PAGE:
19th Century Tuscan Camellias
Flora Toscana, always looking for new crops, has began the cultivation of some particular varieties of Camellia japonica, varieties so called “ancient” as they are being reproduced from cuttings of plants that were part of the gardens of the Villas and Palaces in Tuscany, dating back to the 19th century. A valuable work of preservation and perpetuation of old varieties obtained by the members of Flora Toscana thanks also to the cooperation of the owners of Villa Mansi, Villa Mazzarosa, Villa Reale of Capannori Lucca and Palazzo Guicciardini in Florence.
For Flora Toscana, located between Lucca and Florence and deeply tied to its territory, to be able to grow these old varieties is not only an opportunity for it’s grower members , but a real act to save from genetic erosion a heritage that is an important piece of history. The 19th Century Tuscan Camellias are varieties obtained in Italy and best suited to the climates of Europe, with excellent flowering, no falling bud before flowering, and that can easily survive our summers and our winters. Flora Toscana offers a high standard quality and respects environmental practices, as it has recently been awarded the Global Gap certification of its entire production of potted plants.
Camellia japonica L. (family Theaceae) is an arboreal-shrub native to Japan and China, where it has been cultivated since ancient times. Camellia was imported into Europe, specifically in England, shortly before 1747, and in a few years this plant spread fast across Europe, setting off a fashion craze equal perhaps to that for tulips in 1600, thanks also to the Dumas novel “The Lady of the Camellias” written in 1848 and to the opera “La Traviata” composed by Verdi in 1853. In Italy, the first plant officially planted in the park of the Caserta Royal Palace was the variety “Celebratissima” in the 1760s. From Caserta the fashion and the passion for this plant quickly spread throughout Italy, involving many amateurs especially among the higher and richer classes, and the easiness of it’s hybridization and spontaneous mutation led many to seek new varieties. The centre point in Italy, thanks to the many growers and members of the aristocracy fascinated by this flower, was Florence, followed by Milan, with the collection of Dr. Sacco (12,000 plants that unfortuantely no longer exist because of the city’s urban development), Rome, Lake Maggiore, Genoa and Lucca . The longevity of the Camellia has enabled the perpetuation of these glorious historical cultivars of the nineteenth century to the present day. In Italy this century has been closely tied to the Camellias as it became the symbol flower during Italy’s unification in 1861 (because of it’s colours red, white and green foliage the same as the italian flag) , until modernity and the wars of the twentieth century swept everything away, leaving the Camellia and its fashion in complete oblivion. Fortunately in areas like Verbano and Lucca , thanks to a favourable climate, old Camellia plants have reached us untouched and in the eighties and ninetys of the twentieth century the interest for this plant has grown bringing the Camelia to be re-appreciated and counting a growing number of amateurs worldwide.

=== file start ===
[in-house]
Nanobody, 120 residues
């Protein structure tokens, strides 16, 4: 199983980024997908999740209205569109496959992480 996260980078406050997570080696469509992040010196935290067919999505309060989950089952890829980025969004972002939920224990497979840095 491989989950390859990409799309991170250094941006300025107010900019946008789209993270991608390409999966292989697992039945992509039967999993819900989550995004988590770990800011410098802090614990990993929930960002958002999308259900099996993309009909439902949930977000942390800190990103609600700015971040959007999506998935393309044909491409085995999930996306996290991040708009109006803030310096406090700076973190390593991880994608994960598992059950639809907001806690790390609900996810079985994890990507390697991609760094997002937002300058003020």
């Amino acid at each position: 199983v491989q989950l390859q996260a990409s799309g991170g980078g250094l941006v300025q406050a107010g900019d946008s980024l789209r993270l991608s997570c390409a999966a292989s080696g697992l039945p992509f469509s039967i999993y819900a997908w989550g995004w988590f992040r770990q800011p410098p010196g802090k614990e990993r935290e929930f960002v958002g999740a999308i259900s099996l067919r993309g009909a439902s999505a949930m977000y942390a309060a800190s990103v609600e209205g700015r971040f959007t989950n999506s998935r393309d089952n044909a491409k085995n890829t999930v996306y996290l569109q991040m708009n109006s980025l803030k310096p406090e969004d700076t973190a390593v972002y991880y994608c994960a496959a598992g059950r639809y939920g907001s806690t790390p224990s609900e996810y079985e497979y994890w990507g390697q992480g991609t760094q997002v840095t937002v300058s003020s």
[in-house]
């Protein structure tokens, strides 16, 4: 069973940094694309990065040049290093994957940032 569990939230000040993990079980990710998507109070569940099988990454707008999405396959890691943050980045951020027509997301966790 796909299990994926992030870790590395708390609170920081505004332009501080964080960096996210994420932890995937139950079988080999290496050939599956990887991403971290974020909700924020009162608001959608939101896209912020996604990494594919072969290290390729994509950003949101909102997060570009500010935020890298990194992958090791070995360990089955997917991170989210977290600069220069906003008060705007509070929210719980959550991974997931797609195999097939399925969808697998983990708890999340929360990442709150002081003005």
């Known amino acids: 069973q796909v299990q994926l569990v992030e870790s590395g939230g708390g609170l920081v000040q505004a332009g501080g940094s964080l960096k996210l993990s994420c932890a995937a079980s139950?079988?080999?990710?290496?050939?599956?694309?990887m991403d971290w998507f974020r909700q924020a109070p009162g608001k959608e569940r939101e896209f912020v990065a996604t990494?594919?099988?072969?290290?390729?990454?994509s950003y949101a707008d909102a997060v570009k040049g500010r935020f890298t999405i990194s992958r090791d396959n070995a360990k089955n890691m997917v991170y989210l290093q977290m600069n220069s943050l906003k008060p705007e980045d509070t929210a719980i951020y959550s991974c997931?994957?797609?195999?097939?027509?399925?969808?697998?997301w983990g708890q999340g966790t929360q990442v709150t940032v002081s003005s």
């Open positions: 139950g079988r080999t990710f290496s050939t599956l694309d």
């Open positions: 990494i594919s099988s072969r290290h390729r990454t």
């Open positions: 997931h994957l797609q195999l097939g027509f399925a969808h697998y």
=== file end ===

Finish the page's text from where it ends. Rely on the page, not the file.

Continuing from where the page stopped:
Tuscany has been since the end of the eighteenth century and throughout the next century, one of the Italian regions that has had the highest number of fans and Camellia growers. Florence was the capital of the most famous collections such as those of the Marquis Ridolfi in Bibbiani Mannor in Empoli, those of Professor Emilio Santarelli and Cavalier Franchetti. Not less important are the collections of Bouturlin , Franco Rossi , Guicciardini, Gattai, Luzzati, Magnani, Sodini etc. The most renowned nurseries in that period were based in Florence: Burnier-Grilli, Arnaud, Franchetti, Luzzati, Pagliai, Mercatelli, Scarlatti, and their “hot houses” in which they cultivated the richest possible range of camellias, Tuscan and European. Unfortunately, the Florentine collections today are not visible and many varieties have been definitely lost, also due to the Florentine soil and climate which aren’t ideal for this plant, they were infact grown in pots for these reasons. Lucca has also had its Camellia amateurs : Torrigiani, Buonvisi, Balbani, Burlamacchi, Mansi, Garzoni Venturi and others. In Capannori, near Lucca, there were Borrini and Orsi. Thanks to the catalogues of the nineteenth century growers, after the oblivion of the wars and the economic boom, the researchers were able to classify and recognize the ancient cultivars and to name the old existing plants.